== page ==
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Stadiums never built in Italy

Some of the first promised and then unfulfilled revolutions that could have changed Italian football

Stadiums never built in Italy Some of the first promised and then unfulfilled revolutions that could have changed Italian football

They have been pompously announced with dedicated press conferences along with futuristic renderings by internationally renowned architects, but very often all the big words spent have remained such and never turned into concrete facts. When we talk about stadiums in Italy, on the one hand there is the sacredness of the place of worship, a sacred place full of happy and unhappy memories, where every Sunday people gather on the steps to support their colours. But on the other hand there is also a bit of embarrassment, most of the Italian stadiums are dilapidated, in disastrous conditions and with the athletics track that separates the field. Italy's last big chance to get a makeover was the 1990 World Cup, and from then on they slowly fell into an oblivion from which only a few lucky clubs managed to re-emerge.

Udinese and Juventus are two of the virtuous clubs that have turned their words into deeds, delivering a new modern stadium to the city with excellent results. And the clubs' coffers have also benefited: not having to share part of the takings with anyone else has allowed the clubs to speed up their growth, becoming ever stronger financially. The pandemic has obviously slowed down this process, since in recent years the stands have remained empty or with reduced capacity, but despite everything, at least in Italy (given the ease with which large structures are built outside our borders) bureaucracy has done the rest. Most of the projects have been stalled due to exemptions, permits and laws that are sometimes too stringent and backward, which have not allowed many teams to build the necessary facilities. 

As Roma - Colosseum

Roma's stadium is perhaps one of the most famous stadiums ever built, strongly desired by former president Pallotta, who wanted to create a new football coliseum, but even today, with a different ownership, the Giallorossi have failed to lay the first stone. The project has fallen into oblivion, a perfect illustration of the stalemate in Italy when the word stadium is mentioned. Now even the new club is testing the ground for other possible solutions, but there do not seem to be great outlets, but for a club of the caliber and coat of arms of Roma the stadium would be a turning point, aligning itself with all the other great (football) powers in Europe and beyond.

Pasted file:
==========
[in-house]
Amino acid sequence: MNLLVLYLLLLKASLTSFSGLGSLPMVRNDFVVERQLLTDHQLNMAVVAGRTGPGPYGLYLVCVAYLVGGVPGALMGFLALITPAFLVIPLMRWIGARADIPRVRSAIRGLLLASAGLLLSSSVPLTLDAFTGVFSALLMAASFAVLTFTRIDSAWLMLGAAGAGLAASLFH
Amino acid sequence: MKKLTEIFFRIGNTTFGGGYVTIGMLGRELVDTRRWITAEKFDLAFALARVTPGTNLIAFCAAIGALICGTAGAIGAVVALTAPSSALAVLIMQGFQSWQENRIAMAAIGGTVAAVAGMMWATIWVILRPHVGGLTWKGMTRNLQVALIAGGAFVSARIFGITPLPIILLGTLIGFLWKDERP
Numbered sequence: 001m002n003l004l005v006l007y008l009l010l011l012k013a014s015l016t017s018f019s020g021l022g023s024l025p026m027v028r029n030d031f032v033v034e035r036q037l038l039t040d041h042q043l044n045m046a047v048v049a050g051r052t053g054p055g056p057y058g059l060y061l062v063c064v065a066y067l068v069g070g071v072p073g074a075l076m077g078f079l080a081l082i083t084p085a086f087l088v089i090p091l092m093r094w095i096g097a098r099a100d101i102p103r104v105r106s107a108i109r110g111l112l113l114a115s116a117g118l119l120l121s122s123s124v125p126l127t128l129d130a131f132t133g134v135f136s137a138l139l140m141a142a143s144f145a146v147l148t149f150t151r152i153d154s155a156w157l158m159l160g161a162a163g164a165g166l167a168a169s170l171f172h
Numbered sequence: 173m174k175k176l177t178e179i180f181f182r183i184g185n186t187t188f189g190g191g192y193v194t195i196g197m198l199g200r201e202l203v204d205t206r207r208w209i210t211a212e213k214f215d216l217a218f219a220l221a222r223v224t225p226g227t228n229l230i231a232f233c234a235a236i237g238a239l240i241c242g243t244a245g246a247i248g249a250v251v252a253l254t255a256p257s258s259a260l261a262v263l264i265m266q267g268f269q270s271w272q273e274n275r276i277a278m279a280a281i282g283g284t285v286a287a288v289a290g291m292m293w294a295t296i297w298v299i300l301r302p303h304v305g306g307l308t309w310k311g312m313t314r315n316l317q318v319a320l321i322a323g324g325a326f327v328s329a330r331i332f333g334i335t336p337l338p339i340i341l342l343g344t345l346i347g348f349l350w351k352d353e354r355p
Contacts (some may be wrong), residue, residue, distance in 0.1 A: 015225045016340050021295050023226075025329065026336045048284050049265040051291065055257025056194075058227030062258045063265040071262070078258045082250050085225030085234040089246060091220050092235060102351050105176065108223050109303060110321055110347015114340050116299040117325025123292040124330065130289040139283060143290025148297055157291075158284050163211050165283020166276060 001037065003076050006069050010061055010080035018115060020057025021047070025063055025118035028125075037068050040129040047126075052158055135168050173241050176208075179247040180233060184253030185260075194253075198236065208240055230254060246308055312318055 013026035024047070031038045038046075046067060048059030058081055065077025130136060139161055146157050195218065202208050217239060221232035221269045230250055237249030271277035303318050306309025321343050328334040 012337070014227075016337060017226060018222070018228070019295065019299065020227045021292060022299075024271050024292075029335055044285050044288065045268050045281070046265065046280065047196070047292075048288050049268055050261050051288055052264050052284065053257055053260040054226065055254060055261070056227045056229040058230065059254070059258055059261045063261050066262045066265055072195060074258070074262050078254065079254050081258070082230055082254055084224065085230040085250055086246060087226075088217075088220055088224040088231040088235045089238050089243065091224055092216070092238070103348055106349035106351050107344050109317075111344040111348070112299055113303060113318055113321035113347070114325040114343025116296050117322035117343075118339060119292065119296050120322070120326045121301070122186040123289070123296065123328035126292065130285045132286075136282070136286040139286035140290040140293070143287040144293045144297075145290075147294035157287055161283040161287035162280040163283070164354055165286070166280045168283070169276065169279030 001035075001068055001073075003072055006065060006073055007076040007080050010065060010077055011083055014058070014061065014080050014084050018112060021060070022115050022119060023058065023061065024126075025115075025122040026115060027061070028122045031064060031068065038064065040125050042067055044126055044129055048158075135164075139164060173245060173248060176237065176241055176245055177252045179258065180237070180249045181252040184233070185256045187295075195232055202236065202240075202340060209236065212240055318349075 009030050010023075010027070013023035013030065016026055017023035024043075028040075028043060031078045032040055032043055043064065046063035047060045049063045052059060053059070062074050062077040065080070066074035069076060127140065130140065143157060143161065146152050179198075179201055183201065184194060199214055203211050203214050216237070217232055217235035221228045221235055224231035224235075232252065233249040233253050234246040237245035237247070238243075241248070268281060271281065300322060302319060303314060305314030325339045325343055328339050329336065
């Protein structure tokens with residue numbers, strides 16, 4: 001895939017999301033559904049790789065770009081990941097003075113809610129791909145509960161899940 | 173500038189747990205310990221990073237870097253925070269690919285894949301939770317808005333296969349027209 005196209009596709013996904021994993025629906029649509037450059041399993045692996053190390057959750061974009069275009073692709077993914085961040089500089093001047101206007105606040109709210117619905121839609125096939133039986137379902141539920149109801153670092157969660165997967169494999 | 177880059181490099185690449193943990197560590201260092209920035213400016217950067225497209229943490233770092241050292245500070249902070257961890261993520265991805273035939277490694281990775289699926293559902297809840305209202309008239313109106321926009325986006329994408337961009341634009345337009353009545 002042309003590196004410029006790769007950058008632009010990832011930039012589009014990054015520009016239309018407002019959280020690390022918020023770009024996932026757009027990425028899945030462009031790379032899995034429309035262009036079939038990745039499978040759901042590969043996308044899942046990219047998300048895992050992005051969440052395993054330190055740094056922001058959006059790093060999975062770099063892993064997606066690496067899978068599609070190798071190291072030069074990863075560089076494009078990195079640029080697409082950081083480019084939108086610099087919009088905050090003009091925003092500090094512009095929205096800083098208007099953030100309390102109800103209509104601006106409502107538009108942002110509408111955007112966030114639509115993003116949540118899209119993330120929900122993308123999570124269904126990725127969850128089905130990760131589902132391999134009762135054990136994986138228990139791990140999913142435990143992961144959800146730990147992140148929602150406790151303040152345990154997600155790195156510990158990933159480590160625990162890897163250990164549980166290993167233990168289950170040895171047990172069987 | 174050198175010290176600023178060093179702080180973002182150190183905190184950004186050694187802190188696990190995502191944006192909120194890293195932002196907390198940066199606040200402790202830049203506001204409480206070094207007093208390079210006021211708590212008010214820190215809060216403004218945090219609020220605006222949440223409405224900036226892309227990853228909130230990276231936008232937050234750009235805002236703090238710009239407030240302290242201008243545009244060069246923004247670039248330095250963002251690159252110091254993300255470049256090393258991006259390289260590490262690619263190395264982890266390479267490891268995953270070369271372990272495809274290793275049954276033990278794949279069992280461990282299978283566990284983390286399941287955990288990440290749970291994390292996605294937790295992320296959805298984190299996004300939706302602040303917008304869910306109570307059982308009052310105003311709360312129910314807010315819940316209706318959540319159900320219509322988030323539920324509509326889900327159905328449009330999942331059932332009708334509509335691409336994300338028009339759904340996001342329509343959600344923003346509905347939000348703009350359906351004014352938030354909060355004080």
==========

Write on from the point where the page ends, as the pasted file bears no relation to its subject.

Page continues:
Calcio Catania - Dome Arena

When the team was playing in Serie A, they had recently completed the Torre del Grifo sports centre and were just a few points away from the Europa League, with illustrious coaches such as Siniša Mihajlović, Diego Simeone and Vincenzo Montella. Surprisingly, the then president Nino Pulvirenti started handing out strange flyers at a press conference depicting a new 30,000-stadium stadium modelled on Swansea's. For those present it was more than a surprise, as they were supposed to be there for a regular press conference but instead found themselves at an unannounced presentation of the new stadium. The project never saw the light of day because of the problems that would soon overwhelm the Etna club, dragged into a real hell by the same president who dreamed of the stadium and a future in Europe. 

Fiorentina - The lily

The Artemio Franchi is still a hot, hot topic, but don't tell that to Rocco Commisso. In theory, on March 7, new plans for a restyling of the Florentine stadium should arrive on the table of the municipality of Florence, not many appreciated by the exuberant American president who believes that the best solution is to privatise everything and build a new and independent lily stadium. Unfortunately for him, he had to deal with the Italian bureaucracy that blocked every work and rejected every solution, making the new stadium impossible. We'll see what happens next, but Commisso still doesn't seem very keen on getting it all done.

Empoli - The new Castellani 

The new Castellani was supposed to represent all the desire and strength of a society that every year invests in young people and always aims to do better whether in Serie A or B. Yet here the time passed in vain and has worn out all the desire and enthusiasm of the president Corsi to renew the Castellani adapting it to the great English stadiums. A lot of time has passed, so much so that a few months ago the president of the Azzurri returned to the subject saying once again bitter and disappointed for the non-completion of the stadium that would allow Empoli to grow more than it has done in recent years.

Siena - The new era of Robur

Siena's stadium is perhaps one of the most futuristic in Europe, a true amphitheatre able to camouflage itself among nature and able to accommodate 21,000 people. The stadium, in addition to living 7 days a week, had to be one of the most sustainable ever seen, because in addition to being powered only by renewable sources, only recycled materials were used for its construction. It's a pity it never came to fruition, as it could have undoubtedly become one of the most beautiful stadiums on the Italian scene, capable of blending past and future in a single infrastructure.